'Paws'‑itive animal training: Online extended learning course offers taming tips for animal owners

- July 30, 2020

Dal instructor Melanie Smith executes a high-five with a furry friend. (Provided photo)
Dal instructor Melanie Smith executes a high-five with a furry friend. (Provided photo)

Have you ever wanted to teach your pet a new trick, create a better bond, or learn a training method that is backed up by science?  A course offered through the Faculty of Agriculture's Extended Learning program this fall has all of that.

The 12-week, online course, provides a one-on-one approach to help learners develop the necessary skills to train animals using positive reinforcement.

It also features a collaborative learning approach with students working lesson by lesson, at the same pace. Weekly progress of participants and their animals is tracked through record keeping and videos as they apply theory and scientific research to practice.

The course helps learners become skilled at identifying wanted behaviours, goal setting, planning, training and understanding their animal.

Building trust, having fun

Course instructor Melanie Smith, who owns Cross Road Boarding, Training and Behaviour Services in nearby Great River, says Positive Animal Training: The Science of Applied Behaviour Analysis through Extended Learning is designed to be fun.

“Training your animal should be fun and enjoyable for both of you. Instead of telling your animal they are wrong or to stop doing something, tell them when they are correct and doing something you like,” she explains.

Smith, a part-time instructor in Dal's Faculty of Agriculture, grew up on a dairy farm and has lived with, loved and played with animals her whole life.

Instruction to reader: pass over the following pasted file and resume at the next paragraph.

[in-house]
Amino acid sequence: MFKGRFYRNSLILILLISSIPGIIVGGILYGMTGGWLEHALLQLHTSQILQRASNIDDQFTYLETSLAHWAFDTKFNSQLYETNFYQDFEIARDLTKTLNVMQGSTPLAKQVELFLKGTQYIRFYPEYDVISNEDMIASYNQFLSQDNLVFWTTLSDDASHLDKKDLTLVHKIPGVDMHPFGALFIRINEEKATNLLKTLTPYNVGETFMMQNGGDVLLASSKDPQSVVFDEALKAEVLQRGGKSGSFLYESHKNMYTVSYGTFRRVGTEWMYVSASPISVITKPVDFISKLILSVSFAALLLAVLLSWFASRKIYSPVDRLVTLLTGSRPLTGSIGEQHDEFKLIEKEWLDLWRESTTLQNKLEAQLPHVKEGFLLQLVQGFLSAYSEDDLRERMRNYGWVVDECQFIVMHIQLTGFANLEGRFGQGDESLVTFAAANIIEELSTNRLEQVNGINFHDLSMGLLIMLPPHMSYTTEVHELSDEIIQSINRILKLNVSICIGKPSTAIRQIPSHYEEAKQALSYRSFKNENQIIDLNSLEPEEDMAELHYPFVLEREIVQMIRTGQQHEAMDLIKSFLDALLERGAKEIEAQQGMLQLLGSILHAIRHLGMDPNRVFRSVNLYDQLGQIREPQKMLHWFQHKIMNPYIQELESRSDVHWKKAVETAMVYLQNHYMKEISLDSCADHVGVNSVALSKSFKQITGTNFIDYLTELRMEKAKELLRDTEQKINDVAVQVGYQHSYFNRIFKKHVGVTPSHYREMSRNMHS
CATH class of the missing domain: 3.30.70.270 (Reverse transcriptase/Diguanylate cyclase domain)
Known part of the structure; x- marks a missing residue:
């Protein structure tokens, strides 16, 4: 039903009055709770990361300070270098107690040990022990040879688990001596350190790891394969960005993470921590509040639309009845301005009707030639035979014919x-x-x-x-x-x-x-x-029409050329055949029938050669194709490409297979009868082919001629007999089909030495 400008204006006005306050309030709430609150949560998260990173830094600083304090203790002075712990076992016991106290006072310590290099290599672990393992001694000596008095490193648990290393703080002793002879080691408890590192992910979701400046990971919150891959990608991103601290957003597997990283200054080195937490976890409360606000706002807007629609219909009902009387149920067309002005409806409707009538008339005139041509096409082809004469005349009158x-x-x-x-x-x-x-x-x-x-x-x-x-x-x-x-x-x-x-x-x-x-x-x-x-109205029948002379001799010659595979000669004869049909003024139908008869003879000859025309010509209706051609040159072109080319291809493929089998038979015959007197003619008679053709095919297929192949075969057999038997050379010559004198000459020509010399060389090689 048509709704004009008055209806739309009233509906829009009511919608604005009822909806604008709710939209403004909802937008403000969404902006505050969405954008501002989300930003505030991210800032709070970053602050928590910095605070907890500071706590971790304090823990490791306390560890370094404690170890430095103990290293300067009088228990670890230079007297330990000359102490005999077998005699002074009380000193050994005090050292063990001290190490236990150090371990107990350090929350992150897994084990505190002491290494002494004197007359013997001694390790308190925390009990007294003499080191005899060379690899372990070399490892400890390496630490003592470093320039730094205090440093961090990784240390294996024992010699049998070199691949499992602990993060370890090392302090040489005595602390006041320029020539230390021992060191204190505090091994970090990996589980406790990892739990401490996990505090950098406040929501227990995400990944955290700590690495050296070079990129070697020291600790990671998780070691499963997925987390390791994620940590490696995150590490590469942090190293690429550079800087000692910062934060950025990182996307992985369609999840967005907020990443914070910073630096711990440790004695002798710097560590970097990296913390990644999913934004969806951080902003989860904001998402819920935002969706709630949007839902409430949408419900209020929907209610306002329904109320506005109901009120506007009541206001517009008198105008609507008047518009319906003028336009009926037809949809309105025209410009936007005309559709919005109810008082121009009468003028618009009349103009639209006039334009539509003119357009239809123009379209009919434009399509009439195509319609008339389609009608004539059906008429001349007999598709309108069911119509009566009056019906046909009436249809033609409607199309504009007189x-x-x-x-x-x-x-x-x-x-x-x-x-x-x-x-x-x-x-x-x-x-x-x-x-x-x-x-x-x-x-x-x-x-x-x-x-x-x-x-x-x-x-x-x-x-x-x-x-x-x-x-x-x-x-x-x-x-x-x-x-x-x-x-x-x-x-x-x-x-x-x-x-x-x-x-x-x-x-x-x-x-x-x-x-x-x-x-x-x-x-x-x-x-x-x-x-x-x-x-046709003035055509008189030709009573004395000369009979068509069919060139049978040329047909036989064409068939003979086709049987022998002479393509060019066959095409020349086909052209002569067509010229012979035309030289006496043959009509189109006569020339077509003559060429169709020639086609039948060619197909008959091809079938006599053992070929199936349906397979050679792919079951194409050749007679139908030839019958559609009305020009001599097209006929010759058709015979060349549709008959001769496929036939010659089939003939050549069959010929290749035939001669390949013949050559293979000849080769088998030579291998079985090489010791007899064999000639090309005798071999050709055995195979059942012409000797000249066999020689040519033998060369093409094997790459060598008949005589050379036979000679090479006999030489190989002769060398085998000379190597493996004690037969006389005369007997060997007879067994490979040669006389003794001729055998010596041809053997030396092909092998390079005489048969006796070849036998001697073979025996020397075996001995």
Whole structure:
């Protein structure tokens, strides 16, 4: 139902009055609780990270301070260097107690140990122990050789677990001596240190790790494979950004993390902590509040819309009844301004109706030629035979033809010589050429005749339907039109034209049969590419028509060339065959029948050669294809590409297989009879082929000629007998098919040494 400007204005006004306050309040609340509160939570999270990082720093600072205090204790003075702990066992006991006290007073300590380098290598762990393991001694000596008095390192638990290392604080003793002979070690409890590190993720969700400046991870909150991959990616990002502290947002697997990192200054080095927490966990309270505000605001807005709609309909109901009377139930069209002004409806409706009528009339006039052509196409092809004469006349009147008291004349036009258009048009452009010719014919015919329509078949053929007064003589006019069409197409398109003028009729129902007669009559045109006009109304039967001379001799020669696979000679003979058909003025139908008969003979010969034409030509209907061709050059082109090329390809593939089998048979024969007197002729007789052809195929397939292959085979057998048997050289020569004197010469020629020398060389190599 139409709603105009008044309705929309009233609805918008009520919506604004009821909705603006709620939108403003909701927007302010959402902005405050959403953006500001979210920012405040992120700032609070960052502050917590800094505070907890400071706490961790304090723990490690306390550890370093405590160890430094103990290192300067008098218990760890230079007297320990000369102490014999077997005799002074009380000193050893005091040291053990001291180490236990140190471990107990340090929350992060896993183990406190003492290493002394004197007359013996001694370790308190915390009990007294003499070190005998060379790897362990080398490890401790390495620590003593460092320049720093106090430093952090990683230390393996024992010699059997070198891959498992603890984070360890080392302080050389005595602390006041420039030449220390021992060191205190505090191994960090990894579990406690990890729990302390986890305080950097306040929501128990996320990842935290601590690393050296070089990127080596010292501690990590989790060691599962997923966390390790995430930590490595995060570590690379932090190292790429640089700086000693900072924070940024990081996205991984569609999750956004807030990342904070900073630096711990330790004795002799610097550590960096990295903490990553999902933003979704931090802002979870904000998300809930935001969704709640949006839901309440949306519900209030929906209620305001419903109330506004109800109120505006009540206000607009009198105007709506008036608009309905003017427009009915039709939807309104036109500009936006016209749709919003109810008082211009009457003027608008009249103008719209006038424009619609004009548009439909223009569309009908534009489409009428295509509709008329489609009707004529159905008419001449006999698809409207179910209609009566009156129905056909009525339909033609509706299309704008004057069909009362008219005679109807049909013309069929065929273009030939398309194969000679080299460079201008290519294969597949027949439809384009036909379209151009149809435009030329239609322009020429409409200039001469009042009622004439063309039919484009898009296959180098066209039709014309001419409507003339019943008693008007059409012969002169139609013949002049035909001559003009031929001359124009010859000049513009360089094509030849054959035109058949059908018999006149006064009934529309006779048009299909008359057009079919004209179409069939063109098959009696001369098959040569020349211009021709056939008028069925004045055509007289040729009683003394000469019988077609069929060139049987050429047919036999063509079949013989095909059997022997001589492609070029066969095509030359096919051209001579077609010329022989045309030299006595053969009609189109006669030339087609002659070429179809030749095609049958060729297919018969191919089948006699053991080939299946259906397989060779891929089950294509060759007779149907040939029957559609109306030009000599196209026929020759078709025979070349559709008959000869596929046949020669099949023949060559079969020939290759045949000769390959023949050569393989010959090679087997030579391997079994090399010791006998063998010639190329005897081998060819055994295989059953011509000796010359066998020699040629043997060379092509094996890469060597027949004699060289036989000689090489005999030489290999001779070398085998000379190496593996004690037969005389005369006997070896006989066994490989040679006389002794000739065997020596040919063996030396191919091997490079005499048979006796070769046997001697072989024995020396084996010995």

“I have always loved working with dogs and when I got my first Border Collie, I loved teaching and training with him. He ended up learning over 150 behaviours on cue before I lost him at 9.5 years old,” she says.

When Smith acquired her second Border Collie, she began behaviour modification early as the animal was highly reactive.

“I realized then I loved this work," she says. "Training and learning canine body language came naturally to me so I pursued it."

Smith received her animal science degree at the Faculty of Agriculture and studied extensively with Heather Logan of Cloverfield Animal Behaviour Services for nearly five years, learning animal behaviour and training. She is also a certified canine massage therapist.

“Showing the animals we work and play with how we expect them to fit into our daily lives and what we are asking when we cue and talk to them will improve the communication and trust between you and the animal you are working with.”

Diverse species welcome

Any animal, including birds, stingrays, camels, giraffes, cougars, snakes, beetles and more, can be trained if they have the physical and mental capacity to learn new behaviours. The main criteria is the desire to earn food. The concept is simple.  If you reward your animal for exhibiting a behaviour, this increases the likelihood the behaviour will be repeated. The animal learns through the consequences of their behaviour and the environment, this is referred to as operant conditioning.

The course is open to owners of any species.

“Whether you are doing nail trims on a dog, taking blood from a tiger or teaching a horse to put on a halter, this course is beneficial and will improve the communication and trust between you and the animal you are working with.”

Pat, a former graduate who took the course, raves about it.

"It is without a doubt the best course I have ever taken, not to mention the most enjoyable," says Pat. "With an incredibly skilled, knowledgeable and approachable instructor, I am so pleased that it was offered."

Benefits of this type of training include:

 - Improved animal welfare. Increased aggression is linked to using aversive training techniques.
 - A strong bond and increased trust between trainer and animal.
 - Enrichment and mental stimulation for the animal.

Don’t miss out on this opportunity. The course runs from Sep 07, 2020 to Nov 30, 2020.  You can register now by emailing extended.learning@dal.ca or phoning 902-893-6666.


All comments require a name and email address. You may also choose to log-in using your preferred social network or register with Disqus, the software we use for our commenting system. Join the conversation, but keep it clean, stay on the topic and be brief. Read comments policy.

comments powered by Disqus